Generic selectors
Exact matches only
Search in title
Search in content
Search in posts
Search in pages
Filter by Categories
15th National Conference of the IAOMFP, Chennai, 2006
Abstract
Abstracts from current literature
Acne in India: Guidelines for management - IAA Consensus Document
Addendum
Announcement
Art & Psychiatry
Article
Articles
Association Activities
Association Notes
Award Article
Book Review
Brief Report
Case Analysis
Case Letter
Case Letters
Case Notes
Case Report
Case Reports
Clinical and Laboratory Investigations
Clinical Article
Clinical Studies
Clinical Study
Commentary
Conference Oration
Conference Summary
Continuing Medical Education
Correspondence
Corrigendum
Cosmetic Dermatology
Cosmetology
Current Best Evidence
Current View
Derma Quest
Dermato Surgery
Dermatopathology
Dermatosurgery Specials
Dispensing Pearl
Do you know?
Drug Dialogues
e-IJDVL
Editor Speaks
Editorial
Editorial Remarks
Editorial Report
Editorial Report - 2007
Editorial report for 2004-2005
Errata
Erratum
Focus
Fourth All India Conference Programme
From Our Book Shelf
From the Desk of Chief Editor
General
Get Set for Net
Get set for the net
Guest Article
Guest Editorial
History
How I Manage?
IADVL Announcement
IADVL Announcements
IJDVL Awards
IJDVL AWARDS 2015
IJDVL Awards 2018
IJDVL Awards 2019
IJDVL Awards 2020
IJDVL International Awards 2018
Images in Clinical Practice
In Memorium
Inaugural Address
Index
Knowledge From World Contemporaries
Leprosy Section
Letter in Response to Previous Publication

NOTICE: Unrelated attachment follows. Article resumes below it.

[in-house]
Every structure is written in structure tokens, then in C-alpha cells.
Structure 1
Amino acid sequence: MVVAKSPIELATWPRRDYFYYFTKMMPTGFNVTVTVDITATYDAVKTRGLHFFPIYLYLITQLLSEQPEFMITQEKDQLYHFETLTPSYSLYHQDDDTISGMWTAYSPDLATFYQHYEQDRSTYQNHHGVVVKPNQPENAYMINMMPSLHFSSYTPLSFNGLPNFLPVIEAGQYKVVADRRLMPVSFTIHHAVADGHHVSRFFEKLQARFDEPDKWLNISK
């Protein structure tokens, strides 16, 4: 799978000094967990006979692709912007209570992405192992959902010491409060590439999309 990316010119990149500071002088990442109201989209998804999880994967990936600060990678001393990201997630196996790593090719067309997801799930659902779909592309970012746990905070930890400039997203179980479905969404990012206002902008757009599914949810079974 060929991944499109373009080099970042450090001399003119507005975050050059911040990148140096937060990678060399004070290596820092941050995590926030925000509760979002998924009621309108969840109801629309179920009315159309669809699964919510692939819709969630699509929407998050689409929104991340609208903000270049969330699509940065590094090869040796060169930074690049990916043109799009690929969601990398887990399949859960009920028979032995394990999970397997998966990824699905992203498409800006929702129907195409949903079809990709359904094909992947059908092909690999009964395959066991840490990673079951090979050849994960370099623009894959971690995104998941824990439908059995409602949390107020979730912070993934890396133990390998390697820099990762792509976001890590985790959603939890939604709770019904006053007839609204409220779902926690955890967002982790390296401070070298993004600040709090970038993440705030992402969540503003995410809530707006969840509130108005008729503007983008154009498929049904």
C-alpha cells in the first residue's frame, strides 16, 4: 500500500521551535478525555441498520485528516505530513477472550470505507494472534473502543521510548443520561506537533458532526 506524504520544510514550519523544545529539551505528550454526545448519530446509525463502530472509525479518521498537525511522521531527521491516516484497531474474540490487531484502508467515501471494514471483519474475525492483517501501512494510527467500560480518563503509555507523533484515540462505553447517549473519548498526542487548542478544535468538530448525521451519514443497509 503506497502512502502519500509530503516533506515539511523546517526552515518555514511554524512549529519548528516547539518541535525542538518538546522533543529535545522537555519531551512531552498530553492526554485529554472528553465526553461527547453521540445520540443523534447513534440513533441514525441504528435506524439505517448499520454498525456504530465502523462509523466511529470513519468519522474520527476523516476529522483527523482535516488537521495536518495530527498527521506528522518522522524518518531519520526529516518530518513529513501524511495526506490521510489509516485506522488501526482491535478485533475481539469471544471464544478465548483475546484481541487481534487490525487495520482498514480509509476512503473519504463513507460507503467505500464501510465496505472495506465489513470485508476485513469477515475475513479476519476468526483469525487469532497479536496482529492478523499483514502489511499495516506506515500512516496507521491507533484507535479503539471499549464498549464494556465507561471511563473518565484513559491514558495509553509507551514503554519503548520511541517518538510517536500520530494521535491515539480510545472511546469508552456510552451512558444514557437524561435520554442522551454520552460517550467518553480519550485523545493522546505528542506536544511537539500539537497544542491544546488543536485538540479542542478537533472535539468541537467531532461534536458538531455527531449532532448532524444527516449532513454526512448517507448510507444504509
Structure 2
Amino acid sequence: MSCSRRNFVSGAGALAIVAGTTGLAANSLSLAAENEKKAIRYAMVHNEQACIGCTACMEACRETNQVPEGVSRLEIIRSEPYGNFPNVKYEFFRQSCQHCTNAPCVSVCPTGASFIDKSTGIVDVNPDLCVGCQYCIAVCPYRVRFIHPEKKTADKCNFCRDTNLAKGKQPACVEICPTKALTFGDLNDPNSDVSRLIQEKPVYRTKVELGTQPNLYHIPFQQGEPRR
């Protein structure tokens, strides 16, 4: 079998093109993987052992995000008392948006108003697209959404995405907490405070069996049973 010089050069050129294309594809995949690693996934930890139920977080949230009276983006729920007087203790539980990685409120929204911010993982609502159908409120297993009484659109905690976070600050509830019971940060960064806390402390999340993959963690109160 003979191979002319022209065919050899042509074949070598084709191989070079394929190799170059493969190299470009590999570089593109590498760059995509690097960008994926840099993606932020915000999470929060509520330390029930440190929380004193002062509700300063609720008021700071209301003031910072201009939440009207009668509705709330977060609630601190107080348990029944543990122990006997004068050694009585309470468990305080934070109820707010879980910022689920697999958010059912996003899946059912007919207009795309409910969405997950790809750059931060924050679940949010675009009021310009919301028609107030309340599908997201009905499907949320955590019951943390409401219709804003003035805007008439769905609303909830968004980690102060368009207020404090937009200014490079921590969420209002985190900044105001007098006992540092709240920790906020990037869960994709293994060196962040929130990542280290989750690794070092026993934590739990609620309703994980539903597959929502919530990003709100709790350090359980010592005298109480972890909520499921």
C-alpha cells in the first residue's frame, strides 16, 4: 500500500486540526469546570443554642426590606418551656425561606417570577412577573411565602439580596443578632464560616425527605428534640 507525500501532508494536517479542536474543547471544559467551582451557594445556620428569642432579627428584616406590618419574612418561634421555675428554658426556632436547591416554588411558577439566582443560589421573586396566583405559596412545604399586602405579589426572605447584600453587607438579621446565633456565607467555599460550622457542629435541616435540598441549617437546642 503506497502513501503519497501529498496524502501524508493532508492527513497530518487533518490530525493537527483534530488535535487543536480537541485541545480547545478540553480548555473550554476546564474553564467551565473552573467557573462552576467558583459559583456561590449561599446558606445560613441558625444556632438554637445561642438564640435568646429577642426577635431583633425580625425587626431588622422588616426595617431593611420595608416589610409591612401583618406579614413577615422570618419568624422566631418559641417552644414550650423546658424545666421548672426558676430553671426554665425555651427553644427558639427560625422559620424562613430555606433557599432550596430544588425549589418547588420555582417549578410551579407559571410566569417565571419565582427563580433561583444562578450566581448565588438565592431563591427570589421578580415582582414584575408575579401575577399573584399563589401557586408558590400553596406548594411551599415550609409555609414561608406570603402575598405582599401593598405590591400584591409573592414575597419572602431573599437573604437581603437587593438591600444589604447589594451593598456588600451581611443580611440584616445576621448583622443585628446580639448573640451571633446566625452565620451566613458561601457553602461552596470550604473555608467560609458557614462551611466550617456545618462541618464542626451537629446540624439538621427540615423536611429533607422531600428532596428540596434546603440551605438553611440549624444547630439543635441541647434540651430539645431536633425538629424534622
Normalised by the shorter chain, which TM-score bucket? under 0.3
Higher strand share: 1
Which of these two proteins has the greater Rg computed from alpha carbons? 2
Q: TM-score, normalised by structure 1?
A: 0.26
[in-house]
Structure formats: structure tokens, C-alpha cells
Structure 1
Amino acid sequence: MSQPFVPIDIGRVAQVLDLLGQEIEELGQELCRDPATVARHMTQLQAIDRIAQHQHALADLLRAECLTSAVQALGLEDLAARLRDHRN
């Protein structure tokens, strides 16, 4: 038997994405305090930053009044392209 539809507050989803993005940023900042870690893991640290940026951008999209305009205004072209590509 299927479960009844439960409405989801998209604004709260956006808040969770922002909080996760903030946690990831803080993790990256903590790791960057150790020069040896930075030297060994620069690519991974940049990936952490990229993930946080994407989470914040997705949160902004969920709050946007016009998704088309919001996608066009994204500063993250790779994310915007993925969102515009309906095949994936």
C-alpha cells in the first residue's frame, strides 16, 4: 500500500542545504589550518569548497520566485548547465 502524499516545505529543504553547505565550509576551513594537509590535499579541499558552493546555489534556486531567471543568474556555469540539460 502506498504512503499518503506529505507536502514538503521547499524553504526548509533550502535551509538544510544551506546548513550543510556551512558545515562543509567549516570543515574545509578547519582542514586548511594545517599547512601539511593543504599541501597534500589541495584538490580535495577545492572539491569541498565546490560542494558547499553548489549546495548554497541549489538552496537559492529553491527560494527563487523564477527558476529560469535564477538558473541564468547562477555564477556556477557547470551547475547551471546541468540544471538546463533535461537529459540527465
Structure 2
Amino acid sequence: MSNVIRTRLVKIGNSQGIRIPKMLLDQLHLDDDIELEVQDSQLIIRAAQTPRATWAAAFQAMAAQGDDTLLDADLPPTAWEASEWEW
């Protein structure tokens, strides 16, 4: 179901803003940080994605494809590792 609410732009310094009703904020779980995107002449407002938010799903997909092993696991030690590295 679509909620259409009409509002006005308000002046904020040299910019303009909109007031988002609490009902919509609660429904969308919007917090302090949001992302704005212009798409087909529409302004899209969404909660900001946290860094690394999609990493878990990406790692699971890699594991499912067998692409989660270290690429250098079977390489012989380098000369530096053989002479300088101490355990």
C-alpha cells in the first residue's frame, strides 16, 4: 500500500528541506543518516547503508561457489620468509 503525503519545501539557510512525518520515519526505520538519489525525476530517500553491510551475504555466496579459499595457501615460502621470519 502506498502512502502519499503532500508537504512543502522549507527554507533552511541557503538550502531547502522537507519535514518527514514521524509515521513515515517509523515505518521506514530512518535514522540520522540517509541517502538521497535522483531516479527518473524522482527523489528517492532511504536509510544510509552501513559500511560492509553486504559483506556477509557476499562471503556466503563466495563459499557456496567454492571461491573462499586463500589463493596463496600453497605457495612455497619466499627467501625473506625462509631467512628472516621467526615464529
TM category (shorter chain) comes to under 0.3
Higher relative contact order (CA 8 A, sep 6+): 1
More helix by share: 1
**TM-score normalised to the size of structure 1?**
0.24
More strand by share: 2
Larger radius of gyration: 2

Letter to Editor
Letter to the Editor
Letter to the Editor - Case Letter
Letter to the Editor - Letter in Response to Published Article
LETTER TO THE EDITOR - LETTERS IN RESPONSE TO PUBLISHED ARTICLES
Letter to the Editor - Observation Letter
Letter to the Editor - Study Letter
Letter to the Editor - Therapy Letter
Letter to the Editor: Articles in Response to Previously Published Articles
Letters in Response to Previous Publication
Letters to the Editor
Letters to the Editor - Letter in Response to Previously Published Articles
Letters to the Editor: Case Letters
Letters to the Editor: Letters in Response to Previously Published Articles
Medicolegal Window
Messages
Miscellaneous Letter
Musings
Net Case
Net case report
Net Image
Net Letter
Net Quiz
Net Study
New Preparations
News
News & Views
Obituary
Observation Letter
Observation Letters
Oration
Original Article
ORIGINAL CONTRIBUTION
Original Contributions
Pattern of Skin Diseases
Pearls
Pediatric Dermatology
Pediatric Rounds
Perspective
Presedential Address
Presidential Address
Presidents Remarks
Quiz
Recommendations
Regret
Report
Report of chief editor
Report of Hon : Treasurer IADVL
Report of Hon. General Secretary IADVL
Research Methdology
Research Methodology
Resident page
Resident's Page
Resident’s Page
Residents' Corner
Residents' Corner
Residents' Page
Retraction
Review
Review Article
Review Articles
Revision Corner
Self Assessment Programme
SEMINAR
Seminar: Chronic Arsenicosis in India
Seminar: HIV Infection
Short Communication
Short Communications
Short Report
Special Article
Specialty Interface